As a kid I also remember participating in the Primary Presentation in sacrament meeting. For two weeks, I memorized and practiced reciting Matthew 5:16. “Let your light so shine before men, that they may see your good works, and glorify your Father which is in heaven.” I stood in front of an entire congregation- of grown-ups! -and recited this memorized verse.
When I turned 12 I began going to Girls’ Camp in the summer. This was where I developed my first real love for being in nature. This was where I first learned that I could be tough. I felt an intense sense of pride and strength that I could take long hikes, and live outside for a week and be perfectly happy. I learned knots, first aid, and other survival skills, many of which I still remember to this day. Yes I can still build a fire and tie a bowline, thank you very much!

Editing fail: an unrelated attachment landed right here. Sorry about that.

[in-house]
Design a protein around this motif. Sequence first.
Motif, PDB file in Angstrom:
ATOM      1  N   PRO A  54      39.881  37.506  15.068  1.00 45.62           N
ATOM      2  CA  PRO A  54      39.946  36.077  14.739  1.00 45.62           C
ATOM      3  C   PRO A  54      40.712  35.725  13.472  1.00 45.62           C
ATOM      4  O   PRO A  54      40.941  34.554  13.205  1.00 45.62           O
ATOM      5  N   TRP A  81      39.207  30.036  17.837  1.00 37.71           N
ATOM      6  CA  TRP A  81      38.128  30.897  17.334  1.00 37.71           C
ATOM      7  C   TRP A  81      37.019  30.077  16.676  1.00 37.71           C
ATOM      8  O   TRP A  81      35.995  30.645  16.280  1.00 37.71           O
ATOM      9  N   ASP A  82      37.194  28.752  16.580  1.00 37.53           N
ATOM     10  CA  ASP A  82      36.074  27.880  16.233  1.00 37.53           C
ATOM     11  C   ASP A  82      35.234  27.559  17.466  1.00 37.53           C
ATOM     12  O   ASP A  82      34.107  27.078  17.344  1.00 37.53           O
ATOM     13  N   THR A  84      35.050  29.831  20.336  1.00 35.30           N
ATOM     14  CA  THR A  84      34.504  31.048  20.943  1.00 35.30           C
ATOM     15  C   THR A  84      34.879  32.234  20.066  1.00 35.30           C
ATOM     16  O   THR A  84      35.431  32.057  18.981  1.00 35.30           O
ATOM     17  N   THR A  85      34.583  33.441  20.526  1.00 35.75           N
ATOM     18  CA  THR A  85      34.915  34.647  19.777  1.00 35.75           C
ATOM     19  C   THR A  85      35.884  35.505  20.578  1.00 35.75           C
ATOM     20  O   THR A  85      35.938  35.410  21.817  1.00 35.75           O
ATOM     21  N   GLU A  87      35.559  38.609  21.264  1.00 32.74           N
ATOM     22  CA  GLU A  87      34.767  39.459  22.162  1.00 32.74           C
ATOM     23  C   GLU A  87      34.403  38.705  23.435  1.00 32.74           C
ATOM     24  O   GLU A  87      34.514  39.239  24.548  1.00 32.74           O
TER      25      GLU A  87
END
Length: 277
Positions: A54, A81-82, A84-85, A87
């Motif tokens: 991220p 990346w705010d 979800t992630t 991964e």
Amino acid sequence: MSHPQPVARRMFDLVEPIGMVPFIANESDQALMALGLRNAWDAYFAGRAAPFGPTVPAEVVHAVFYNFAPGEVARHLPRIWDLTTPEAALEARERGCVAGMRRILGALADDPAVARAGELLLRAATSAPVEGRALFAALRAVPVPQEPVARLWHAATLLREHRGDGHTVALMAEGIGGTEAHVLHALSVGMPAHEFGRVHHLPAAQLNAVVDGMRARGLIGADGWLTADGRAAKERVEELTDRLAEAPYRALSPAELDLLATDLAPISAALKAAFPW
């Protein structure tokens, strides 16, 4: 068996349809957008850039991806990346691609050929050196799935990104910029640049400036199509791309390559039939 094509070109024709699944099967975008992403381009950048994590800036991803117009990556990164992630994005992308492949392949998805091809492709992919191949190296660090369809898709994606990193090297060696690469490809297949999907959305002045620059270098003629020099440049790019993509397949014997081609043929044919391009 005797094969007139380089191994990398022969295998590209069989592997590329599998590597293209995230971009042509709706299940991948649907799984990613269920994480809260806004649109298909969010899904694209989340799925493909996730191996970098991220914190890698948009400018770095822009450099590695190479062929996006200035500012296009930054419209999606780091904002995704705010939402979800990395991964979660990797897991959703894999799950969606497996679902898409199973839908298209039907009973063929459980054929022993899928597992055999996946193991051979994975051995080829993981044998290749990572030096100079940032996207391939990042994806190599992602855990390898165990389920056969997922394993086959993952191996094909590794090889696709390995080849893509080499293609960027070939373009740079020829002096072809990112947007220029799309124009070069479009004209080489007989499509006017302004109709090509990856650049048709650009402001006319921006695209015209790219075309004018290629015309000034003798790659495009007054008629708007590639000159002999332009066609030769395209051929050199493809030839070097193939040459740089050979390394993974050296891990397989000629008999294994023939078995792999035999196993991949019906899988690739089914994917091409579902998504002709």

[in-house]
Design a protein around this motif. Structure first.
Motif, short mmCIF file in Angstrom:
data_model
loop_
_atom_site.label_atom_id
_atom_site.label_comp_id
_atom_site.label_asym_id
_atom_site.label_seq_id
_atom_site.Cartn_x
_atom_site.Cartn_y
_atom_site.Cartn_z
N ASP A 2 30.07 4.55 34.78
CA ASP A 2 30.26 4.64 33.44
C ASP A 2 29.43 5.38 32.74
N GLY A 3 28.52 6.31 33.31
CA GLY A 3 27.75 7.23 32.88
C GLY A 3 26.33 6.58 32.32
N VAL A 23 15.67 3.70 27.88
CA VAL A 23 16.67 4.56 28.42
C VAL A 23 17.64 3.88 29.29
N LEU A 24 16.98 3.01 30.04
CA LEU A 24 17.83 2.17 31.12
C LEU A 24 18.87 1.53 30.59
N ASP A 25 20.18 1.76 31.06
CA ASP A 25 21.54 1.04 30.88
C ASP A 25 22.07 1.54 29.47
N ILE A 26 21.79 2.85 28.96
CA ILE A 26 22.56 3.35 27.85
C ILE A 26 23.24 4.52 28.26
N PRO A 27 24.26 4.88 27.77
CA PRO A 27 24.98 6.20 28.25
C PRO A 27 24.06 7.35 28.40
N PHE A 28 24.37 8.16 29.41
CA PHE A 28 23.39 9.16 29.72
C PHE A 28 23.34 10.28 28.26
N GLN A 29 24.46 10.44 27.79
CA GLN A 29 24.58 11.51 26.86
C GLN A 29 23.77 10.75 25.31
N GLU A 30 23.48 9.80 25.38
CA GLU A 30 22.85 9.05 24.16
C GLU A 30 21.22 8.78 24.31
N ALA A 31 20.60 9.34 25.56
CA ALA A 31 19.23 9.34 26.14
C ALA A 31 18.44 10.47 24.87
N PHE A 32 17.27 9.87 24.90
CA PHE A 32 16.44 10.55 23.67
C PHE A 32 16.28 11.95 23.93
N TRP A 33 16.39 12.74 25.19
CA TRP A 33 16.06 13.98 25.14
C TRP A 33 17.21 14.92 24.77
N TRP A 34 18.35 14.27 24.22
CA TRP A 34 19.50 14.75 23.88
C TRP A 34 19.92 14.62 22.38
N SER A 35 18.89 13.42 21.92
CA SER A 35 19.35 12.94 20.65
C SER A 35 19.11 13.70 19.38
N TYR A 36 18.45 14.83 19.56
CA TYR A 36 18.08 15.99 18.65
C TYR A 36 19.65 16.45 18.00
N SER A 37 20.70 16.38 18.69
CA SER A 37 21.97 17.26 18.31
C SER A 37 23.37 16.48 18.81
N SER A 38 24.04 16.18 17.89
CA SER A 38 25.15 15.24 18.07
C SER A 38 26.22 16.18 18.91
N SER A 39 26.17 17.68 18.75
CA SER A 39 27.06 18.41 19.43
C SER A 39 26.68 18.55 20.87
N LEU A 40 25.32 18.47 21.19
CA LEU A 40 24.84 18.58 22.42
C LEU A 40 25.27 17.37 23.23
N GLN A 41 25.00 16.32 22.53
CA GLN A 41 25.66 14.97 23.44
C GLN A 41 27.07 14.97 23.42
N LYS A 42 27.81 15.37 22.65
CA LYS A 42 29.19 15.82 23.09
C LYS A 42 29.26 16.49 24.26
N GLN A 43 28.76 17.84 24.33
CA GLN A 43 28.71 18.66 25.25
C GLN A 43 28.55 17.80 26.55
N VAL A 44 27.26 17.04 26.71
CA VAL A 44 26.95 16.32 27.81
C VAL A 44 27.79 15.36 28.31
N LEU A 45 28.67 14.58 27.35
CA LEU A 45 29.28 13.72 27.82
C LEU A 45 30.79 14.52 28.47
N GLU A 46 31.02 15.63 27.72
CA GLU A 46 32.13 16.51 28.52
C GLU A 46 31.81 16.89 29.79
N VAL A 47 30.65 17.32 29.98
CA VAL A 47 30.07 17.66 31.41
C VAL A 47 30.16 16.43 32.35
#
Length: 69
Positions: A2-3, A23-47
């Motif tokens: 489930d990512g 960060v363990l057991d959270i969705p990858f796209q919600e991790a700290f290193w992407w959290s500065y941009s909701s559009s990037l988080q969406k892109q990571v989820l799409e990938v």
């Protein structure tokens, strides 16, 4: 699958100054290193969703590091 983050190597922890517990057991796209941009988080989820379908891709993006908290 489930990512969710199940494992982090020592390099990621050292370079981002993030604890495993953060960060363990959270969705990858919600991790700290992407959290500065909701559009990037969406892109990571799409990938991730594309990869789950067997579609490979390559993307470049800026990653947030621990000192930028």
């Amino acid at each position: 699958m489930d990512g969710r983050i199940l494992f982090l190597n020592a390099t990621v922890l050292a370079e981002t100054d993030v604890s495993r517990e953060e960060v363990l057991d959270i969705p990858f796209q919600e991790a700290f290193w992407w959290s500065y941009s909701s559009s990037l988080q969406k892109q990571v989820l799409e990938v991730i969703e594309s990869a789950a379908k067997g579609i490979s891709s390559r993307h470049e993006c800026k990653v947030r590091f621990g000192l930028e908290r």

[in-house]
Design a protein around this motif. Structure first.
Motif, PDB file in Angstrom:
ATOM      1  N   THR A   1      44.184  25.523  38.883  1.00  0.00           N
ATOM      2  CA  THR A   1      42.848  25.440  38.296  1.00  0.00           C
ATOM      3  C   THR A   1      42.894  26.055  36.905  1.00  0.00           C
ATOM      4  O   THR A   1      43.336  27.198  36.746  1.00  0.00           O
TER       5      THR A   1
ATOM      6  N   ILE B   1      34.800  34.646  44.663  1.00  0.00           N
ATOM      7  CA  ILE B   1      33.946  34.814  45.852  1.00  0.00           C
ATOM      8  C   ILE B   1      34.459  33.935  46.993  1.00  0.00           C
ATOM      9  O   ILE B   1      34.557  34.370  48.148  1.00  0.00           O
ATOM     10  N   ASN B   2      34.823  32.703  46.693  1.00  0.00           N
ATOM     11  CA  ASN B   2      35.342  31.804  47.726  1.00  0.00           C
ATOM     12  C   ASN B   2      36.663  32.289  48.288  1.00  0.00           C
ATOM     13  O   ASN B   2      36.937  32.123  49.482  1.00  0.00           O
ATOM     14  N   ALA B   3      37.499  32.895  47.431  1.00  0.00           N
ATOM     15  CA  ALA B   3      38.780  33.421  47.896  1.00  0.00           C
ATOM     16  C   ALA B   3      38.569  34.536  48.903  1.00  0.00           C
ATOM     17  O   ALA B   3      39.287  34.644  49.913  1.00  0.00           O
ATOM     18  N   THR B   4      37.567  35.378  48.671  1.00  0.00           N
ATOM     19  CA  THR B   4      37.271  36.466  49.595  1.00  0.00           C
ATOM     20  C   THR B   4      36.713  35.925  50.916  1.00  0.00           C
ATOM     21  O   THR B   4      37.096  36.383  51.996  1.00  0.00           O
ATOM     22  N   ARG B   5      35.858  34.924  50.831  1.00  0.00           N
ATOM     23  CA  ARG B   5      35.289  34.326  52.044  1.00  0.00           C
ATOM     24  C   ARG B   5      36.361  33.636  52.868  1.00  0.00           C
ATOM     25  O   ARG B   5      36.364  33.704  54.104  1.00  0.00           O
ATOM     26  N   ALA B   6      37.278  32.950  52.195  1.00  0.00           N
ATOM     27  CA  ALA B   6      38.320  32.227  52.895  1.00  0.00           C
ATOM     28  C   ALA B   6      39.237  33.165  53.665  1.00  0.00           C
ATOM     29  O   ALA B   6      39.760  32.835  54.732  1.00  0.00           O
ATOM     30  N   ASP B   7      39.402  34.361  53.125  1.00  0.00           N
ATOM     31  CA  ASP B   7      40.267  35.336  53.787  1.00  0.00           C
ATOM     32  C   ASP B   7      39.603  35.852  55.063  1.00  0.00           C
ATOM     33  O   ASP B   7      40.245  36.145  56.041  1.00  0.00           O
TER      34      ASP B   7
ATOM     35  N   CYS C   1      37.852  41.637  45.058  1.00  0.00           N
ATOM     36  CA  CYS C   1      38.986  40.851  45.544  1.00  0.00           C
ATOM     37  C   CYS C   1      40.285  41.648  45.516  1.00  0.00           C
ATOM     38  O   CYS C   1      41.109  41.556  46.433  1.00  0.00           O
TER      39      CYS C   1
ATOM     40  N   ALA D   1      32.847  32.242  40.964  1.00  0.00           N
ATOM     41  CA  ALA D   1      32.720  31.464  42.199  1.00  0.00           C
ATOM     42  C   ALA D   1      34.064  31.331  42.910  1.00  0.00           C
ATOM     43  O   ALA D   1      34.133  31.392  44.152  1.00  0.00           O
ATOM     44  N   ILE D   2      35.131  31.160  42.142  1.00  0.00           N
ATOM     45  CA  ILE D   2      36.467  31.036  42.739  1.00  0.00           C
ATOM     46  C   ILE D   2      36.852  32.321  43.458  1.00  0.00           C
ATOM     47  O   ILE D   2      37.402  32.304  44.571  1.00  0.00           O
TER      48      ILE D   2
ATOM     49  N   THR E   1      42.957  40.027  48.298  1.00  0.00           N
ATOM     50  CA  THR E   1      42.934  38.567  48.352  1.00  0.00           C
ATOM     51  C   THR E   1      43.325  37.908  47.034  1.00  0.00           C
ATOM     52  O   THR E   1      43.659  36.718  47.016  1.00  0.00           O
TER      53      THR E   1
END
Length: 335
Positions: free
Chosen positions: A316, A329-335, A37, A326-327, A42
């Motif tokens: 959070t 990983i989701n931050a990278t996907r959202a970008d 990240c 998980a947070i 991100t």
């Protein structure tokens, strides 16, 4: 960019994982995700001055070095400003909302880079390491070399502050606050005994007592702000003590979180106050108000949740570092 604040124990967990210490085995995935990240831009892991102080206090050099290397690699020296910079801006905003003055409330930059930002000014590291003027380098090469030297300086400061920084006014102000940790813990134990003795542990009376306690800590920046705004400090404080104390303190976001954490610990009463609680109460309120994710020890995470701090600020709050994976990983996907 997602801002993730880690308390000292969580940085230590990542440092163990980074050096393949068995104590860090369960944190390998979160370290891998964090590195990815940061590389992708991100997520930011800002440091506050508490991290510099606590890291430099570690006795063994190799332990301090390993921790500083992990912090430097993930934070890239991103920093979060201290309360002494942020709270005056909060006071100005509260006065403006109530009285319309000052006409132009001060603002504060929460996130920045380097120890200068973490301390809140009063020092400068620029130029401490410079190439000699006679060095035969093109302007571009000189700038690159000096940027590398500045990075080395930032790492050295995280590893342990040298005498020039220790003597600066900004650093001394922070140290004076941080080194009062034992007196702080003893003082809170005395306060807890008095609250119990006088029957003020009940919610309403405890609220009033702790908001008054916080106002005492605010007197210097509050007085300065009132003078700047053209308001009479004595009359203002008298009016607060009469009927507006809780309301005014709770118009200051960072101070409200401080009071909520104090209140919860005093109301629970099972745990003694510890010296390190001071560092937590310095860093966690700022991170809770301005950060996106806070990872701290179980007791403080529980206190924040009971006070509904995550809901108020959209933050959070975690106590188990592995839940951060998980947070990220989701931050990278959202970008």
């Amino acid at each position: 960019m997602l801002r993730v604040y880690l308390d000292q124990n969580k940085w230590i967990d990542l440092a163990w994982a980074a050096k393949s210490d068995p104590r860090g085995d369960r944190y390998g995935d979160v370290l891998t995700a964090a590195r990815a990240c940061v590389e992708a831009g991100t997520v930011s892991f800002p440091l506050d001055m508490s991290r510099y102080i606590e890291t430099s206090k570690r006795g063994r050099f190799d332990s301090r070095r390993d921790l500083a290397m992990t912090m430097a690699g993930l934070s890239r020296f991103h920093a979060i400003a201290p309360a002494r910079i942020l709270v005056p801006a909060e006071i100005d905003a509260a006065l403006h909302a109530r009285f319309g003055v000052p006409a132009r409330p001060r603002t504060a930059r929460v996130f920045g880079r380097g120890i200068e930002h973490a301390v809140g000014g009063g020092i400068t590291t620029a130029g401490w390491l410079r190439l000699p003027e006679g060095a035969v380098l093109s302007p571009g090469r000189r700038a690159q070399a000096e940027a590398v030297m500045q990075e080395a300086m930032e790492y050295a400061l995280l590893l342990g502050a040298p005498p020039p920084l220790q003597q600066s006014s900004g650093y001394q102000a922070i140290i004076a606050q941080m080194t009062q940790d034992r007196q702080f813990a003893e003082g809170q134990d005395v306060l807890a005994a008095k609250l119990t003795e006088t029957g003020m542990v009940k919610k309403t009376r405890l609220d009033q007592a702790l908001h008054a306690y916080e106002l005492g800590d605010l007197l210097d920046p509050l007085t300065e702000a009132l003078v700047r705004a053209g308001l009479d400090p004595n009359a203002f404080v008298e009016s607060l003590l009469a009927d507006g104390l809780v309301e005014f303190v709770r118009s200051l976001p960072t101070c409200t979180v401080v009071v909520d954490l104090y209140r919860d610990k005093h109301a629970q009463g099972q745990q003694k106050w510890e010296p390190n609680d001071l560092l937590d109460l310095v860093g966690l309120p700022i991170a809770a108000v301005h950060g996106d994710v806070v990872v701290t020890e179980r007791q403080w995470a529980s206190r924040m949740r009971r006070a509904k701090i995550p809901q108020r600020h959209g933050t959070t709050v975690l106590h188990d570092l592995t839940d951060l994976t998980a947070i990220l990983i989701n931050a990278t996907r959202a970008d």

In the young women’s program I was called as laurel class president. At first I kind of believed this was some sort of formality rather than an important calling with responsibilities. But my leaders told me otherwise and tried to prepare me to understand leadership. My adviser taught me how to organize myself and the information that I needed to plan events and help individuals. I remember one Bishop’s Youth Council meeting in particular when I was in charge of planning an activity for all the young women and young men combined. In the meeting, the bishop asked me to lead the discussion on the upcoming activity and to ensure that everyone was on the same page. I was a little taken aback. I had assumed that since I was a teenager, I was mainly a leader in name only, and that my adult adviser was really the one running the show. But the bishop gave me an encouraging look and I swallowed and began to lead for the first time. I began to explain my ideas for the activity and began delegating various responsibilities to other class leaders, including my male peers, and asking opinions about a few logistics. Once everything was done, I turned the time back over to the bishop. Afterwards when I was on my way out of the building, the second counselor in the bishopric shook my hand and said, “Wow, you were a stud in there!...in the most feminine way possible of course. Way to take charge!” I laughed at his choice of words, but I felt an immense sense of accomplishment. I suddenly felt that my contributions in the ward really mattered. I had been terrified of leading anything, but I found that if I just dove in, I was more capable than I had realized.